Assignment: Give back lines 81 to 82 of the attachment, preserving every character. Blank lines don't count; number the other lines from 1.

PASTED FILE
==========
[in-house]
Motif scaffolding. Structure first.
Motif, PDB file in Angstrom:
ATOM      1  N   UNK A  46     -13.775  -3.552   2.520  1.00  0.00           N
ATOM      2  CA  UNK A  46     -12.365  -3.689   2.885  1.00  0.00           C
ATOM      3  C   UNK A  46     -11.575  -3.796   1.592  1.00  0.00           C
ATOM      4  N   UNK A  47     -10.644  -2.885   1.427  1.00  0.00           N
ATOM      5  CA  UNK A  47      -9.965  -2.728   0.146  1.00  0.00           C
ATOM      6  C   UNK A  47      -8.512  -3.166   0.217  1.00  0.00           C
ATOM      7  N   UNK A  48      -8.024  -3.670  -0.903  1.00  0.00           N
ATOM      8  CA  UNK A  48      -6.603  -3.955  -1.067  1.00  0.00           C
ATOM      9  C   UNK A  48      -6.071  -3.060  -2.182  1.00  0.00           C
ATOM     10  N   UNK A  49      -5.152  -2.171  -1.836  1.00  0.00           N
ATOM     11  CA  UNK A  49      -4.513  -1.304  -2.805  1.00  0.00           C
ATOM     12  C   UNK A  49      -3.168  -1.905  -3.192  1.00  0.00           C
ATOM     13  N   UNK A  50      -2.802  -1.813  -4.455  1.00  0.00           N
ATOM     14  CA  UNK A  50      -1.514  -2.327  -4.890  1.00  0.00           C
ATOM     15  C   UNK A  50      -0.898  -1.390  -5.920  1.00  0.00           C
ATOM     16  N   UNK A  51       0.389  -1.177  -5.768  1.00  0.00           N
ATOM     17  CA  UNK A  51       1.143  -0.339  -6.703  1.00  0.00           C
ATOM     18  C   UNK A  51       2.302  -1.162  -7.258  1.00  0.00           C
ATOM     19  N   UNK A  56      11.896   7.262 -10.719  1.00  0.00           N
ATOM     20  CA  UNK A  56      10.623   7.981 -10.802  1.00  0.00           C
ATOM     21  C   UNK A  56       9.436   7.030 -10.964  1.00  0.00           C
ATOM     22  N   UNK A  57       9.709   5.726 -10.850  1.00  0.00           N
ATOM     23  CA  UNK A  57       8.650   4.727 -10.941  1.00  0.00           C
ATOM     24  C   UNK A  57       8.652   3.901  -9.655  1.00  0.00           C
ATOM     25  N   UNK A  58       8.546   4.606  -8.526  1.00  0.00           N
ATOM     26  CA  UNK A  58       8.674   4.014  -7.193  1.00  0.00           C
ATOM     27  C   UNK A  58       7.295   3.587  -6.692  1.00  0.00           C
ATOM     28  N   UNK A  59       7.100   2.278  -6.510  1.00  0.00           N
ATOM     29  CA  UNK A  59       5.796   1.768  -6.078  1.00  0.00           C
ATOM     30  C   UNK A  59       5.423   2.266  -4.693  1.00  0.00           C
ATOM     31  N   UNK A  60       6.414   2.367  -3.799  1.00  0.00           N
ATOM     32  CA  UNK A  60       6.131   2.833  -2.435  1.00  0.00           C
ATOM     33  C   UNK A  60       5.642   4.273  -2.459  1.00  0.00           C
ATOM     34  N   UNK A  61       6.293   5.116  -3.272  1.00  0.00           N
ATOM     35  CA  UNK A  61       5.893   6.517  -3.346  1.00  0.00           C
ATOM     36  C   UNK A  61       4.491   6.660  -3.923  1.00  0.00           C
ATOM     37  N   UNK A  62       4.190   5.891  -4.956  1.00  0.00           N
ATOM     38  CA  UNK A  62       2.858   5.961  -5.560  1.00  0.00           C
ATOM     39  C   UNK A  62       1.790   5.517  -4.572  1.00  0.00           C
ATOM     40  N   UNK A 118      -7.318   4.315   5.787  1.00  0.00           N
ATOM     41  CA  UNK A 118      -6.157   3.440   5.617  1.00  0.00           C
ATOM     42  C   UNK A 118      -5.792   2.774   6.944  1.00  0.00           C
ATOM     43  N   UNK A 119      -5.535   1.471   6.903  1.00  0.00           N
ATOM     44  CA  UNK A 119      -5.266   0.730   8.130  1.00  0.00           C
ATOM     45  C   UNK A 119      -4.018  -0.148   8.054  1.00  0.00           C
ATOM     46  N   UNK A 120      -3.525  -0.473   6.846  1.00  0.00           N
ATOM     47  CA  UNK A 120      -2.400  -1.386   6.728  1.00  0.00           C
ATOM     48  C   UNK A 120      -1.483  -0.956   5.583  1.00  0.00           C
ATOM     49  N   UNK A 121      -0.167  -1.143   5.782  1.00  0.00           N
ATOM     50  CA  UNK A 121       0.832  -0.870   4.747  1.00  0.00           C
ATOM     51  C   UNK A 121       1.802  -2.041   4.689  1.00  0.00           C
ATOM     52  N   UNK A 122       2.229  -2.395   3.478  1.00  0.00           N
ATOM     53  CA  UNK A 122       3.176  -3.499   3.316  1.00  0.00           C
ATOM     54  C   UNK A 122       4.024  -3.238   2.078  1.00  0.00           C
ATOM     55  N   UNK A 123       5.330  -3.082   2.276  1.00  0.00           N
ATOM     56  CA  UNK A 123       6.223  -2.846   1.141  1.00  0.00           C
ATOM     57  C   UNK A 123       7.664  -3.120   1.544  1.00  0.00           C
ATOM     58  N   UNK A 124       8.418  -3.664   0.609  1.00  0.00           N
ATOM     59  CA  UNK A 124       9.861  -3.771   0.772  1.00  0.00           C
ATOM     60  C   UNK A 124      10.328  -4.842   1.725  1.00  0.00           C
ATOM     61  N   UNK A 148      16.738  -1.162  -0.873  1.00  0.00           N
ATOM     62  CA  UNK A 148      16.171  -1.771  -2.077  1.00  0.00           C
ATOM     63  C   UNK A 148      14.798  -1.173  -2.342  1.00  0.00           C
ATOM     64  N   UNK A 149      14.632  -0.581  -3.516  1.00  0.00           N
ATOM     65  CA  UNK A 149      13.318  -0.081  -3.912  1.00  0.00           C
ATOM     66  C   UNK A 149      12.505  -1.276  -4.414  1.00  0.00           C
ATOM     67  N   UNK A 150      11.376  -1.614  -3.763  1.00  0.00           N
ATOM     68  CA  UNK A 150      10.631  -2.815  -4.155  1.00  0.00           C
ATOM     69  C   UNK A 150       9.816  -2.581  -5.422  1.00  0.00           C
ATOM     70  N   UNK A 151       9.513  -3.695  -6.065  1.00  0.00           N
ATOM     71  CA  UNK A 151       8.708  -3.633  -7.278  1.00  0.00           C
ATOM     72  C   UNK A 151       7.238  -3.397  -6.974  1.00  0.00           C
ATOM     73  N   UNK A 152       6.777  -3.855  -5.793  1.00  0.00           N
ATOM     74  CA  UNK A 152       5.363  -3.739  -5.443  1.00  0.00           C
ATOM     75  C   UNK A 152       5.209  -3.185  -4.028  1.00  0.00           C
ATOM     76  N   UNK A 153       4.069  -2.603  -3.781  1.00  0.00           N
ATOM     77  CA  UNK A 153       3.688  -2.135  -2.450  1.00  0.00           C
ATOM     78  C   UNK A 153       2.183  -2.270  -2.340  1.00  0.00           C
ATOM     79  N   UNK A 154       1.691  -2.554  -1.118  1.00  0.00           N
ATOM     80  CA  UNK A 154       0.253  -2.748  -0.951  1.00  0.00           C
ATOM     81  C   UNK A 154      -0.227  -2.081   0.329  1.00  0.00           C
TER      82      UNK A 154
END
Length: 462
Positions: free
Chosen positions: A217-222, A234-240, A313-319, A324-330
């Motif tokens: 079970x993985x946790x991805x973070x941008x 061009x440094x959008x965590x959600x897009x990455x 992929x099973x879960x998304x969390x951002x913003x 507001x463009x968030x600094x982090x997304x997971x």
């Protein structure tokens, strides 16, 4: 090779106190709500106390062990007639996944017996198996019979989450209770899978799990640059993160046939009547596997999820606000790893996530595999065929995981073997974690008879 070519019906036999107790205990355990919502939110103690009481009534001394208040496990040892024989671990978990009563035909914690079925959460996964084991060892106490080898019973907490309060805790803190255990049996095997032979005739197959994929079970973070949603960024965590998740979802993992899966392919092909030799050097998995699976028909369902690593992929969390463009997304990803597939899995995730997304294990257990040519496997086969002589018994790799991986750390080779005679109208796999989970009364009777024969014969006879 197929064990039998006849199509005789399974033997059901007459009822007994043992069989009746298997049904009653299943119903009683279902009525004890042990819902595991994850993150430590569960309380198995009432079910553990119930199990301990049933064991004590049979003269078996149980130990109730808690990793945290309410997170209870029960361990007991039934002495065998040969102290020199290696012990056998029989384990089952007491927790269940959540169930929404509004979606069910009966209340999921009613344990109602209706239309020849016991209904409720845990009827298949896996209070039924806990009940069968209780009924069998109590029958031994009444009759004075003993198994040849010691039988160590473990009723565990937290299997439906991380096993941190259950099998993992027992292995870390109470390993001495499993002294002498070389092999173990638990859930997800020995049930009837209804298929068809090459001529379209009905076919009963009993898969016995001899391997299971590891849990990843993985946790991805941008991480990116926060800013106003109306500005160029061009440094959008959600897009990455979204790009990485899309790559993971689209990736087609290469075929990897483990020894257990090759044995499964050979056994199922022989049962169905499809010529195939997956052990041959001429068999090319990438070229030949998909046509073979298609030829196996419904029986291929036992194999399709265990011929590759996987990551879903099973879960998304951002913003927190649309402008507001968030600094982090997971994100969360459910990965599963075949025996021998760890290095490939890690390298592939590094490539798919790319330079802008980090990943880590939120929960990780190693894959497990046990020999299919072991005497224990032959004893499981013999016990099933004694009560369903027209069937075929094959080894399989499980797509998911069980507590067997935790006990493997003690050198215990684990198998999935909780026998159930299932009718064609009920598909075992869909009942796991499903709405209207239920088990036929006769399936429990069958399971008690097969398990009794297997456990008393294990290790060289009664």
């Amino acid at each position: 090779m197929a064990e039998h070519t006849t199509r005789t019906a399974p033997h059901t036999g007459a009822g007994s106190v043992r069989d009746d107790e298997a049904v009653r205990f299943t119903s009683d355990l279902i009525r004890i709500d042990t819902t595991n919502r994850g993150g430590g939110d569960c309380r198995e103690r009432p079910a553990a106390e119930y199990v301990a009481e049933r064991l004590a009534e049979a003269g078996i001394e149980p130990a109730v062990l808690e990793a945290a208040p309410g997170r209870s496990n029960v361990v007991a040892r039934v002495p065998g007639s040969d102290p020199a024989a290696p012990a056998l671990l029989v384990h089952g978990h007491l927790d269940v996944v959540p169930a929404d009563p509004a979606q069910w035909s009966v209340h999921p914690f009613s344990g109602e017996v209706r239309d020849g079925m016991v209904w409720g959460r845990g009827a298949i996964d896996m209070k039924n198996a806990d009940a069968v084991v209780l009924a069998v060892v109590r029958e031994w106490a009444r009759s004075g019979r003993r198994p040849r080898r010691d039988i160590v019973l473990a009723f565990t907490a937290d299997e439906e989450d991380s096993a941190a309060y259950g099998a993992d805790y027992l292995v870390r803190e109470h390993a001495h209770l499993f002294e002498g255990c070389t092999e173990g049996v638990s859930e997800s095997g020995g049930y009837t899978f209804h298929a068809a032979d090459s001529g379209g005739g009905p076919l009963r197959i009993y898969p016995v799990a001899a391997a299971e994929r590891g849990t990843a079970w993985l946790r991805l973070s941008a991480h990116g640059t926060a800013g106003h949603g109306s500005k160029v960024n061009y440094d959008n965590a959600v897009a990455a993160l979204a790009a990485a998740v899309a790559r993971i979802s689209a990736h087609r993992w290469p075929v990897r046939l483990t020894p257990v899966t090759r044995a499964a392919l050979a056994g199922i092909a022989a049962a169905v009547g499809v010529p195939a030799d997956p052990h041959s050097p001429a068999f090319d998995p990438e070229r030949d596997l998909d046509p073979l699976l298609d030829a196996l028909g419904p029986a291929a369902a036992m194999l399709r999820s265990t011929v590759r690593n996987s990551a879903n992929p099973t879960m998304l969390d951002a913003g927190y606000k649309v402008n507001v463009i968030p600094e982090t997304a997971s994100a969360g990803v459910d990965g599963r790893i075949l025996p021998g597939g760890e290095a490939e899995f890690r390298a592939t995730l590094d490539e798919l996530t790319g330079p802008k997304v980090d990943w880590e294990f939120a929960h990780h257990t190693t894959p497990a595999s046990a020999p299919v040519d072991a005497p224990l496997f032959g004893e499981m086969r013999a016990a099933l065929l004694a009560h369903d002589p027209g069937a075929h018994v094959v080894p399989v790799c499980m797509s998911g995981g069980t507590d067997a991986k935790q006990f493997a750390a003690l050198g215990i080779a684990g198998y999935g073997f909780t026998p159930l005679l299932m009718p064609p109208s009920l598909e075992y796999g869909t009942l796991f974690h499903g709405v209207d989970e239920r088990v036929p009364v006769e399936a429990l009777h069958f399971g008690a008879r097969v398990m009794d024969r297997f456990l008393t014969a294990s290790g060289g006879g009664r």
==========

ATOM     78  C   UNK A 153       2.183  -2.270  -2.340  1.00  0.00           C
ATOM     79  N   UNK A 154       1.691  -2.554  -1.118  1.00  0.00           N